Willie “The Lion” Smith – (1897-1973)

Willie “The Lion” Smith is among the big three of the Harlem Stride Piano (Fats Waller and James P. Johnson were the other two.) Willie the Lion Smith got his nickname “The Lion” during World War I when he showed extraordinary bravery in combat. His origins were unique—his father was Jewish and families he worked for as a child saw that he was raised in that faith. His life was filled with unique adventure. His music was somewhat more lyrical and sentimental than the other stride players, but his tune The Fingerbuster showed that he could really play that stride piano. Another of his many claims to fame is that he bought Fats Waller his first pair of long pants. The Lion told Fats, “You can’t be playing these rent parties in short pants! You can’t play piano dressed like a bum.”

Here are three examples of Willie the Lion Smith’s music. First, here is Echoes of Spring (from the 1958 LP The Legend of Willie The Lion Smith.) This shows the lyric side of “The Lion:”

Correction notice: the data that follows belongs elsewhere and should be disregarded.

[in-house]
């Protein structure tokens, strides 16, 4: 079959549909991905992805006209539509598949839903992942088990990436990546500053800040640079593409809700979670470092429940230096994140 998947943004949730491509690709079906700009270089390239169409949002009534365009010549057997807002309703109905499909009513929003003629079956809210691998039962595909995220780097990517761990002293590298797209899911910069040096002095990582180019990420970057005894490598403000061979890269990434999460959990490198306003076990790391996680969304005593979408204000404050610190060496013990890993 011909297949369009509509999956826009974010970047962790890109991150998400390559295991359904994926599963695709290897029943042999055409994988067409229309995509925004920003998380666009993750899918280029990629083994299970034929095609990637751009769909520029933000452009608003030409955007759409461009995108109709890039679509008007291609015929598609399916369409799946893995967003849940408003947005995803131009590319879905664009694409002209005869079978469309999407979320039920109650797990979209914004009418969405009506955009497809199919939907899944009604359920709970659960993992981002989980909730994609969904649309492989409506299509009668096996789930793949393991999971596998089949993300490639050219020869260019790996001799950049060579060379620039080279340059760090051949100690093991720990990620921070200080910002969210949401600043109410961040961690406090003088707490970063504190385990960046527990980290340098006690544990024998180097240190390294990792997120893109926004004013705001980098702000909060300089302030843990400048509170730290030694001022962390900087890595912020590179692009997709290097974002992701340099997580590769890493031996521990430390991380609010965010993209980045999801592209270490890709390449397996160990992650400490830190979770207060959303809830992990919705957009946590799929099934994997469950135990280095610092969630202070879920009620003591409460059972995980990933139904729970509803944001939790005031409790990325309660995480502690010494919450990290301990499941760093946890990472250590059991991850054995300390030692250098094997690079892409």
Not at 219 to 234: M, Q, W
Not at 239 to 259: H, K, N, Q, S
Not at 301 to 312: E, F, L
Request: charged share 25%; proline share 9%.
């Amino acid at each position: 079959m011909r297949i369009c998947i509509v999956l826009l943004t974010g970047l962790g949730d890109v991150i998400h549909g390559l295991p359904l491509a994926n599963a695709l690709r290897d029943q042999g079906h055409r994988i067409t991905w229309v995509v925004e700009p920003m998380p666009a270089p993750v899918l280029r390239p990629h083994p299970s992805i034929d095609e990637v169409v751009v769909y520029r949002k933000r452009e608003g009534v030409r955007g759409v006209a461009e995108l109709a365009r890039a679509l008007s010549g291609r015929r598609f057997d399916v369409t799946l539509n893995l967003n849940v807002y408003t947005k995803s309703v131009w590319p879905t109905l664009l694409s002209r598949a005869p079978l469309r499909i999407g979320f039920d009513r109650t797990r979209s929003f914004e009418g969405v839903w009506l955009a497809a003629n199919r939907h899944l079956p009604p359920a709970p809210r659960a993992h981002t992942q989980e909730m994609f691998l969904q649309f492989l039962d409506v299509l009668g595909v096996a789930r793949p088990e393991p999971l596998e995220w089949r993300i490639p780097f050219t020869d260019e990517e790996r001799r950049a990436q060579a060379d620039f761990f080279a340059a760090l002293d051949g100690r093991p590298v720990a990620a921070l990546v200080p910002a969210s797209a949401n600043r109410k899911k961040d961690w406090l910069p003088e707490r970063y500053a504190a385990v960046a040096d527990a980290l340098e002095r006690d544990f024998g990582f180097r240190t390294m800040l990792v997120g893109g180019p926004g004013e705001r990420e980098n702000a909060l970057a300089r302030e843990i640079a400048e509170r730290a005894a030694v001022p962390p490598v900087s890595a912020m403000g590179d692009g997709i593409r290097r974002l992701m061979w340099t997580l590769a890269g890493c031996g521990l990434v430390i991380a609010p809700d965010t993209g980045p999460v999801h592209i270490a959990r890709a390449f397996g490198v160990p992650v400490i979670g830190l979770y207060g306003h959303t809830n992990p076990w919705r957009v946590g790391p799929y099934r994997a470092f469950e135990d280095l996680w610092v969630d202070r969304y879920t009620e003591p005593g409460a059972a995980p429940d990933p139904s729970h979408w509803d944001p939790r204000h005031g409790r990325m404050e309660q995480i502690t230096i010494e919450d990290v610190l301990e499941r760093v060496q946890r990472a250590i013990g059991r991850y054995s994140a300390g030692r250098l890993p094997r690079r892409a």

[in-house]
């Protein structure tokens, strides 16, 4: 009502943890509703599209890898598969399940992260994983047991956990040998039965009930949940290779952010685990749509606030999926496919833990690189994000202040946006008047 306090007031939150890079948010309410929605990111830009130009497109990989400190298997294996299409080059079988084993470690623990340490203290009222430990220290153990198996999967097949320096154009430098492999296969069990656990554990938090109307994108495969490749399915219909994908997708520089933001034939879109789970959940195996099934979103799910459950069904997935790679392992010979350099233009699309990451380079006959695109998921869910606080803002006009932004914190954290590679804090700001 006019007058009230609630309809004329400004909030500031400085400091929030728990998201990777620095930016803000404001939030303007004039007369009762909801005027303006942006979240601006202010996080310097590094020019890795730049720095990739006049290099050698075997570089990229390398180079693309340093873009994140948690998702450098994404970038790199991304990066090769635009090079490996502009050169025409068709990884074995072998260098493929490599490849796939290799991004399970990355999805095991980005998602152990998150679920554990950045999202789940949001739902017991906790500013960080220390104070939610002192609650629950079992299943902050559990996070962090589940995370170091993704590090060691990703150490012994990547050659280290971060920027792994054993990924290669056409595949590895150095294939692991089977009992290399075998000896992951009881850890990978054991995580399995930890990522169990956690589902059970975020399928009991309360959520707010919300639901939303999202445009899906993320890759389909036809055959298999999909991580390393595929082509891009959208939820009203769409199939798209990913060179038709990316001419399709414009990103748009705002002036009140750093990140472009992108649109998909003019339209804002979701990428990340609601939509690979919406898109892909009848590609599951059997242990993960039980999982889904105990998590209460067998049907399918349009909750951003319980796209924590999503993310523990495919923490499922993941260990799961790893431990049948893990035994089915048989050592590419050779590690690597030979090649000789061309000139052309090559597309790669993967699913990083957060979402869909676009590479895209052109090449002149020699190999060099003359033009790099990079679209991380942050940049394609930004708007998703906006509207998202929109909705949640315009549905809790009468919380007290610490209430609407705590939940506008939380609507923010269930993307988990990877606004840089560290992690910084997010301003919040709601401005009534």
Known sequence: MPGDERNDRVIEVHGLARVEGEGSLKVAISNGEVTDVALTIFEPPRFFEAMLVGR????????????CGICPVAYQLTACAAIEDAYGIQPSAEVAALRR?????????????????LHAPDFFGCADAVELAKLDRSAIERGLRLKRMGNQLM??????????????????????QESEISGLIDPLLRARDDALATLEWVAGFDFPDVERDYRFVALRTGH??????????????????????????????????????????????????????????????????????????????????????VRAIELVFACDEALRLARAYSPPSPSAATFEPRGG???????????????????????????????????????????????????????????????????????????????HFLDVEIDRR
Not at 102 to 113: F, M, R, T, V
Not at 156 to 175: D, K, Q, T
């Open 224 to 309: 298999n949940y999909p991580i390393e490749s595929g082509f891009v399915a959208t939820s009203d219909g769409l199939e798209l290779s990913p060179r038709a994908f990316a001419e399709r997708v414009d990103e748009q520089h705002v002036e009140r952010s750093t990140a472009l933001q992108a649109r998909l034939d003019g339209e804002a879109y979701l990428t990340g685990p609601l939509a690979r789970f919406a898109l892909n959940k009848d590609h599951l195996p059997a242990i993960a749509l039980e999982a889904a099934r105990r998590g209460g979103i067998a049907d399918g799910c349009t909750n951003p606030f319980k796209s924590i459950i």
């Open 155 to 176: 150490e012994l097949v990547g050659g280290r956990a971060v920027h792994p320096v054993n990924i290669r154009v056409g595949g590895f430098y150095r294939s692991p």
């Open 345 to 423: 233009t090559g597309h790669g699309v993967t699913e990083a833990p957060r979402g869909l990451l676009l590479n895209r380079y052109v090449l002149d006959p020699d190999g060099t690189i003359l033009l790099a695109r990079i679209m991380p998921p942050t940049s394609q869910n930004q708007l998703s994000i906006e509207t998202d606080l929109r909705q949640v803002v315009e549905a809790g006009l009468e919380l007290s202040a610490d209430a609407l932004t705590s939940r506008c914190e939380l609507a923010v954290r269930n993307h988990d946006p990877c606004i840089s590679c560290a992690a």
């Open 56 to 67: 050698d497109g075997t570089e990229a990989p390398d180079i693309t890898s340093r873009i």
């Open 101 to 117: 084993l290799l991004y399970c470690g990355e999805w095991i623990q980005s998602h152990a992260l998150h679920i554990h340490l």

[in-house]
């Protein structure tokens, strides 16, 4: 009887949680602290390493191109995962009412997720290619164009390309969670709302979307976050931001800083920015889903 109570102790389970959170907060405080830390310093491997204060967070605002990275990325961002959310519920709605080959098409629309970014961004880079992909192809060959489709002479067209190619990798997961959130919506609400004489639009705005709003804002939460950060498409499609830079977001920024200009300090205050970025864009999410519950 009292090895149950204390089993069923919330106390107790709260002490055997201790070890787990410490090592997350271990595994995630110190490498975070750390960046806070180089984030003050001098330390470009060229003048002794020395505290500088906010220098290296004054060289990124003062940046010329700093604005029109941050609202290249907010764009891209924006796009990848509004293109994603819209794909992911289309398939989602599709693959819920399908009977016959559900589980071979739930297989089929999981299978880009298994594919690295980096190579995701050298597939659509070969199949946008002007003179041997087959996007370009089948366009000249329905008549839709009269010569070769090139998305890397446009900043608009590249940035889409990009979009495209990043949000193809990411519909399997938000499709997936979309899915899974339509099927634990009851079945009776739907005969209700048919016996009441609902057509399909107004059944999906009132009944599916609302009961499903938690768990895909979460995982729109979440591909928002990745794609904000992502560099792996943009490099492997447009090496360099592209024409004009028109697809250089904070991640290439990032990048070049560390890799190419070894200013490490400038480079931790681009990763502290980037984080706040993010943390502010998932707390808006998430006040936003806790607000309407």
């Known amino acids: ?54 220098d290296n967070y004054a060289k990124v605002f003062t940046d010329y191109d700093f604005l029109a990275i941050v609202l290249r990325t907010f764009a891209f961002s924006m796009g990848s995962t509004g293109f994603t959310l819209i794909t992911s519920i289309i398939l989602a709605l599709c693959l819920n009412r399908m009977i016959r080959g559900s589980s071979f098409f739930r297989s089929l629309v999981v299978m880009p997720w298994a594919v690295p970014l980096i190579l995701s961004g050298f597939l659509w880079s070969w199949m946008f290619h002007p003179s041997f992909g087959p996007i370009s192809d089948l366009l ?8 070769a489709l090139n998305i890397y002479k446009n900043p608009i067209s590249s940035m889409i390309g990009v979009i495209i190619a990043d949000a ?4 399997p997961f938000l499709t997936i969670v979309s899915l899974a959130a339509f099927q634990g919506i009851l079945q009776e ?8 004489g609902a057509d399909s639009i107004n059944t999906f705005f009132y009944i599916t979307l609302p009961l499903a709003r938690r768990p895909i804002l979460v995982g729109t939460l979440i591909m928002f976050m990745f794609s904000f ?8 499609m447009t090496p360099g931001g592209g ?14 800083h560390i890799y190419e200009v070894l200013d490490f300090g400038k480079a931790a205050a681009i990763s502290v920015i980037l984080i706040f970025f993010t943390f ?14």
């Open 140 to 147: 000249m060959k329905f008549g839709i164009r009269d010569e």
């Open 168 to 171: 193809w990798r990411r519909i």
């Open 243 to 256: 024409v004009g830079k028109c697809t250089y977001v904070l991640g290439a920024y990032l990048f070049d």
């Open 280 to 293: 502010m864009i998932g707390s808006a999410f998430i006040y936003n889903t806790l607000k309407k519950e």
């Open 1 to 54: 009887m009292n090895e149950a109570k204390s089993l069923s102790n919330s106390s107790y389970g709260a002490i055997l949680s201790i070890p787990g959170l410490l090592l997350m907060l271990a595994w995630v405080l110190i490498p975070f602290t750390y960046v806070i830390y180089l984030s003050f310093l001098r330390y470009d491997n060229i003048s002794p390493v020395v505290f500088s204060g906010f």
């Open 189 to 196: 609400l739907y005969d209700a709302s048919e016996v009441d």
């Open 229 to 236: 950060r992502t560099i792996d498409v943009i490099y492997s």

Thanks to TheMemoryOfAllThat for the YouTube

The next tune is The Fingerbuster recorded in 1964, Willie’s “flag waver” or showboat tune. Notice in later years, he was always chewing on a half smoked cigar and always wearing a Derby hat. He understood that the piano player can’t just play the piano, he has to also put on an act. The Fingerbuster was Willie’s response if a smart aleck at the bar would shout, ” show ’em how it’s done:

Thanks pappyredux for the YouTube

Finally, Here is Rippling Waters recorded in 1939 and what is claimed by an earlier generation of fans as his greatest recording session. Willie the Lion Smith had a lyrical sense all his own.

Thanks to Stephen Taylor for the YouTube

About Richard Rollo

I am a retired Community College Instructor. I taught Political Science 1 American Government for 22 years in Southern California. I am originally from Northern Minnesota. My earliest years were spent in the living quarters of a rural Duluth Winnipeg & Pacific Railway Depot. Then my family joined the great 1950's migration to Southern California where I joined up with fellow baby boomers in overcrowded schools.
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